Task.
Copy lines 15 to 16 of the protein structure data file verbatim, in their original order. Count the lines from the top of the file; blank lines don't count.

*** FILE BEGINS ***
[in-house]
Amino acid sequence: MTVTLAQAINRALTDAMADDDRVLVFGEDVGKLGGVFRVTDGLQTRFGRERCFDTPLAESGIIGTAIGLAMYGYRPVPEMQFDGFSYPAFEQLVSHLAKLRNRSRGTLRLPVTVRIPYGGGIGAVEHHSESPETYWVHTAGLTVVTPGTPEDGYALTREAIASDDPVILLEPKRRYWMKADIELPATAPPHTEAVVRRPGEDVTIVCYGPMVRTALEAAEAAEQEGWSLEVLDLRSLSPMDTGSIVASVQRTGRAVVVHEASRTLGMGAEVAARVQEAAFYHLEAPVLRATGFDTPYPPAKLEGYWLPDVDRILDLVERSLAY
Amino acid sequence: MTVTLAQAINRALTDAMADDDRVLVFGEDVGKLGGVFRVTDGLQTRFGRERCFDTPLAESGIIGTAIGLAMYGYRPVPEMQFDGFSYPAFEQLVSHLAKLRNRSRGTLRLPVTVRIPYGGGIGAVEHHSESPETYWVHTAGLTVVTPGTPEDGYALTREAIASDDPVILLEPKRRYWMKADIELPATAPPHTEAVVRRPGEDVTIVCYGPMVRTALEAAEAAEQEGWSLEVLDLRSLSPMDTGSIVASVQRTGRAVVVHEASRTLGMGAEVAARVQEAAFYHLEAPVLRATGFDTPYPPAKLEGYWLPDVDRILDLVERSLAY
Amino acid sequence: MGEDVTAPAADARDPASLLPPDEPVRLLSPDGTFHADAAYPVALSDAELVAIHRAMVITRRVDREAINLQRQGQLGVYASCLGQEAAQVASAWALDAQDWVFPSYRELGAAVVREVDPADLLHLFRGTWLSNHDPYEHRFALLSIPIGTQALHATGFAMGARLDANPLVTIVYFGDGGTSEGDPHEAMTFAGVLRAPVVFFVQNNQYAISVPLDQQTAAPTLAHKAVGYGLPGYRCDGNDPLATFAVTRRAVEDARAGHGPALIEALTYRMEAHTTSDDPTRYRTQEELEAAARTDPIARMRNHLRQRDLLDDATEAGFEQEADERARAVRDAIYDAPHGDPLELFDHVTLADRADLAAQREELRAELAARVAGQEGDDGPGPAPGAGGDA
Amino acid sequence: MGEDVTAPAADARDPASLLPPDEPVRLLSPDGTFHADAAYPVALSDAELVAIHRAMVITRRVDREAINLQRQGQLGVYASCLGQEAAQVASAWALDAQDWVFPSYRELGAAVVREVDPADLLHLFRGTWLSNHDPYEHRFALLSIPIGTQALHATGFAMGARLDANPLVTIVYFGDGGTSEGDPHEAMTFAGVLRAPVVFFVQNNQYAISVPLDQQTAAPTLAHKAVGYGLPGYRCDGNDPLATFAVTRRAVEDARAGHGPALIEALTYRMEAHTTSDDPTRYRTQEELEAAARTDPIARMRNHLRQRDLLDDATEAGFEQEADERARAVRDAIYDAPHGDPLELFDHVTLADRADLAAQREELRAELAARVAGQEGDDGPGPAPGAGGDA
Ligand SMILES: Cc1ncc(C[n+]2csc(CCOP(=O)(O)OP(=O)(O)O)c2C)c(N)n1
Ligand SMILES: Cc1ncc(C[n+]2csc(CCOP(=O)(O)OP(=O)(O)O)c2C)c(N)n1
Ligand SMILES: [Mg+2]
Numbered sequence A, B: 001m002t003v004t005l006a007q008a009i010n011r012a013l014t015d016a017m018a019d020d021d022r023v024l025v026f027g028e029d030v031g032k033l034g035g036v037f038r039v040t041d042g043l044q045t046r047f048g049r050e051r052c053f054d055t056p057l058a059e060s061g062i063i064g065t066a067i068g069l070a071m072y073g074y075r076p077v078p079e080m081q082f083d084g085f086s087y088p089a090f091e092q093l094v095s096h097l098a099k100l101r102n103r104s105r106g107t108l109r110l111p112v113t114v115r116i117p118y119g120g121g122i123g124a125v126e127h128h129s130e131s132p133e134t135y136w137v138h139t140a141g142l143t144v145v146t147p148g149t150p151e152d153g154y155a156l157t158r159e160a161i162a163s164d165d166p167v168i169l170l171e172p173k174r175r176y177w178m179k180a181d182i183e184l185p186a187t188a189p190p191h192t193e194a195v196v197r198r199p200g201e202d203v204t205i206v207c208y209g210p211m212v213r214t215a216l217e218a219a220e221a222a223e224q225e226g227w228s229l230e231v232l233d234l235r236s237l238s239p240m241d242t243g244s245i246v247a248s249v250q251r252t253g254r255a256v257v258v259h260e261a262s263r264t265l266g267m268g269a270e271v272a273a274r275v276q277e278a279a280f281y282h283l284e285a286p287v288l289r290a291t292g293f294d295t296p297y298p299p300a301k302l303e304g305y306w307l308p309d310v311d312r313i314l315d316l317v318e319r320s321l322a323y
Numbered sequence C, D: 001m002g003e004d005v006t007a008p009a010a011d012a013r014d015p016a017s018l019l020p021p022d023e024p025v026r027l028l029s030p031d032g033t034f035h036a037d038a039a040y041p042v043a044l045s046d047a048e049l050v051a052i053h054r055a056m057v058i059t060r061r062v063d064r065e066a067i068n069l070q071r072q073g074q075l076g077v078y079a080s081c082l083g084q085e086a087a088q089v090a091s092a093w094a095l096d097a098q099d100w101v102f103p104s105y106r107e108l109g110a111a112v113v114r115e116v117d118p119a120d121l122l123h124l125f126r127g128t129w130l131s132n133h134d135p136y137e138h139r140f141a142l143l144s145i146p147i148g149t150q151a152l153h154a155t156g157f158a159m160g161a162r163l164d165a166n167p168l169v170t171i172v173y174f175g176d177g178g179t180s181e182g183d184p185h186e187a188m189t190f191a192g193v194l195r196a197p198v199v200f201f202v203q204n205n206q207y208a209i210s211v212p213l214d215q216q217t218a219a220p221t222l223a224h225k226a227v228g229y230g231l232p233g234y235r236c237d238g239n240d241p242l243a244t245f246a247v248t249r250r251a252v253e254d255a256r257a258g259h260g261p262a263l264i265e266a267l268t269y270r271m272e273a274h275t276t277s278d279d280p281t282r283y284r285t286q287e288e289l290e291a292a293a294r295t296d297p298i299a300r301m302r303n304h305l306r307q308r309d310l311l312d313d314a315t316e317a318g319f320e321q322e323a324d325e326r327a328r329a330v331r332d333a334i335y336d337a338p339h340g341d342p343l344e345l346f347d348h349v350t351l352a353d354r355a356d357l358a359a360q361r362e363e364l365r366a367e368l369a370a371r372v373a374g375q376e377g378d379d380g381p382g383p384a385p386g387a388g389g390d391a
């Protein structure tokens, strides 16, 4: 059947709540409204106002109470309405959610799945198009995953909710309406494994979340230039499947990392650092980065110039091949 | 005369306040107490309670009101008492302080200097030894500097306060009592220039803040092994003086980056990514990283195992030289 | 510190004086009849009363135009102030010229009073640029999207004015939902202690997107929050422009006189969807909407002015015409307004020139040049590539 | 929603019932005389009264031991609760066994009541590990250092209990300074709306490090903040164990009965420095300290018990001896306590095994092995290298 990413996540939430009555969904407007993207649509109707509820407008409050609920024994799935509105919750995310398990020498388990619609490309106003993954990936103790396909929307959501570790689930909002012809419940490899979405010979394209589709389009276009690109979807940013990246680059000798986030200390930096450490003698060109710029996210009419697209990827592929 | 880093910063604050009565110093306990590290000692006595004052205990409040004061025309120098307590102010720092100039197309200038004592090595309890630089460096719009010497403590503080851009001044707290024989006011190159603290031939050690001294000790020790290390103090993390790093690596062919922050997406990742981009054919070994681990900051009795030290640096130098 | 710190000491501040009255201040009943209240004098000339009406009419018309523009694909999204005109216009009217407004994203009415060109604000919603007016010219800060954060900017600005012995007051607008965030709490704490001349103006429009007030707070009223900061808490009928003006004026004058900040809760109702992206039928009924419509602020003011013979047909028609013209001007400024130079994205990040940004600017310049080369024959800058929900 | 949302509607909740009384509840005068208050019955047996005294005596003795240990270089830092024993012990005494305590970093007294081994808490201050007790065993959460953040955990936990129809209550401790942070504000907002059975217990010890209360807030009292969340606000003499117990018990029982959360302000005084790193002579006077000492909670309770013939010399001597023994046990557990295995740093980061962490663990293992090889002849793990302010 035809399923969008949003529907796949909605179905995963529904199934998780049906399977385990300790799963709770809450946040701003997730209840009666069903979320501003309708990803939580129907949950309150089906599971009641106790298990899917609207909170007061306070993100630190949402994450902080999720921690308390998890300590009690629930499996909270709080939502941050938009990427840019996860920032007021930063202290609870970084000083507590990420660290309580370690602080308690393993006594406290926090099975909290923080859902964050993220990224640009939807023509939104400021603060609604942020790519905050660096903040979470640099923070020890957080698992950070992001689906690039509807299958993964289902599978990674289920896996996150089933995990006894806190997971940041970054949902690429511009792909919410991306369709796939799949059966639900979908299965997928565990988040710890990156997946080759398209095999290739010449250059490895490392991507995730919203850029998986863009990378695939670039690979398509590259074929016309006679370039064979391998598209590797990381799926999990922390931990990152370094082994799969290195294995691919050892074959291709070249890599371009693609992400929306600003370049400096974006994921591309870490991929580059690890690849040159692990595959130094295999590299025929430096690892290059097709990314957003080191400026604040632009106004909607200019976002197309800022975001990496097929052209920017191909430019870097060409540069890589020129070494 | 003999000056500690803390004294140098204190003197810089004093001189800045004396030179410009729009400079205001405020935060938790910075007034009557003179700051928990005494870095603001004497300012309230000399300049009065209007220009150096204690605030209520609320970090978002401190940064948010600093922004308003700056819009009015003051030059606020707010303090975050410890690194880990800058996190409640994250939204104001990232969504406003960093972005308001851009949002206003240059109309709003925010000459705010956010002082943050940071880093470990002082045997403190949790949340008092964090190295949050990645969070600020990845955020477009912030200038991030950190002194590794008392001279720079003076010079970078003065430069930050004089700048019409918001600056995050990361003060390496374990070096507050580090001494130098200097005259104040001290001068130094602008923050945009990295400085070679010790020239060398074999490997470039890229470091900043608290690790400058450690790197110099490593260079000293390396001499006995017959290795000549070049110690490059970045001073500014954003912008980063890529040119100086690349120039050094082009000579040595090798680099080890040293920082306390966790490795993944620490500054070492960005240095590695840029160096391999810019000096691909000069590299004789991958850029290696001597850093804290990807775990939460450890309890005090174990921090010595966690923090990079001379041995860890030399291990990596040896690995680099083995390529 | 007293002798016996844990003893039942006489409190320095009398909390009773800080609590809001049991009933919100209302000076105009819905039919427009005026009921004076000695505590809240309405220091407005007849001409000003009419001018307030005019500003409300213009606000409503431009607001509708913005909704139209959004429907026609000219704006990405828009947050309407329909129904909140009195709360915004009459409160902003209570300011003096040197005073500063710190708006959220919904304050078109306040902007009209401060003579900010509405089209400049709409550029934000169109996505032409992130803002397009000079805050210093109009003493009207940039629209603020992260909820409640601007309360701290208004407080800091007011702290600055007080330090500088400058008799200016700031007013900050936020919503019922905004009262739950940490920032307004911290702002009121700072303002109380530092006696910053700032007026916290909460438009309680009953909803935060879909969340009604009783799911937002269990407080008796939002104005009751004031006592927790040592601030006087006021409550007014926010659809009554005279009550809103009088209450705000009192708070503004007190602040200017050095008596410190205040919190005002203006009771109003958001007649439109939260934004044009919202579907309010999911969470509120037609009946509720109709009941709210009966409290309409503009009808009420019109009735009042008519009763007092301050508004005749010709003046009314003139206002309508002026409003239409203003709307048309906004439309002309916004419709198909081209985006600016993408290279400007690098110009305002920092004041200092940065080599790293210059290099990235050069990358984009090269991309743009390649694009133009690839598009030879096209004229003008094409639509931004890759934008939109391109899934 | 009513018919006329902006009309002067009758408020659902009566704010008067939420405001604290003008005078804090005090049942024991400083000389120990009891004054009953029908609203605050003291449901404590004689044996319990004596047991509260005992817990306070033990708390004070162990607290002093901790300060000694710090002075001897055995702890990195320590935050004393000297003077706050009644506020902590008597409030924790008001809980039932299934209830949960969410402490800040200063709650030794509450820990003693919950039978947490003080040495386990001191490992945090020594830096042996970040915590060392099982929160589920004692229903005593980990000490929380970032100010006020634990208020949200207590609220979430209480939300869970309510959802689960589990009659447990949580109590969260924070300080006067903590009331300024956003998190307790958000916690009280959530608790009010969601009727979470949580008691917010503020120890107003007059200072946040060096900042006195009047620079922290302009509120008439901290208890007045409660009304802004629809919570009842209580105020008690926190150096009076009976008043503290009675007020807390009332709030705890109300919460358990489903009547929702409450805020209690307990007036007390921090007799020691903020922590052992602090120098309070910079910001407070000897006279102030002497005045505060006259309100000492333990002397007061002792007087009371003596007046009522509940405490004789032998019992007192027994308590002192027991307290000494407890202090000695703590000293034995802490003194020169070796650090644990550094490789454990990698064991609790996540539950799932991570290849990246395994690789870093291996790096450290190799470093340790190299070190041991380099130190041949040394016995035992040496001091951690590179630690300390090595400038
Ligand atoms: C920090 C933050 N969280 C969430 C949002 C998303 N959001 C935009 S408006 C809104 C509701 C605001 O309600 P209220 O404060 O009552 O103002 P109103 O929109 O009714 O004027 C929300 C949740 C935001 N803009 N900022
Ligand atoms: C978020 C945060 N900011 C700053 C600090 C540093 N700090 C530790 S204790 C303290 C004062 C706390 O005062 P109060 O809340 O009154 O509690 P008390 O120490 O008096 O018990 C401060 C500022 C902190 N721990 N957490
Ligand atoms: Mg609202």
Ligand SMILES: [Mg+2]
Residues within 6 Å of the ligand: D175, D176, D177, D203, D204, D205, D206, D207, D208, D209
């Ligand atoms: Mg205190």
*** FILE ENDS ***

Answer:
Ligand SMILES: [Mg+2]
Residues within 6 Å of the ligand: D175, D176, D177, D203, D204, D205, D206, D207, D208, D209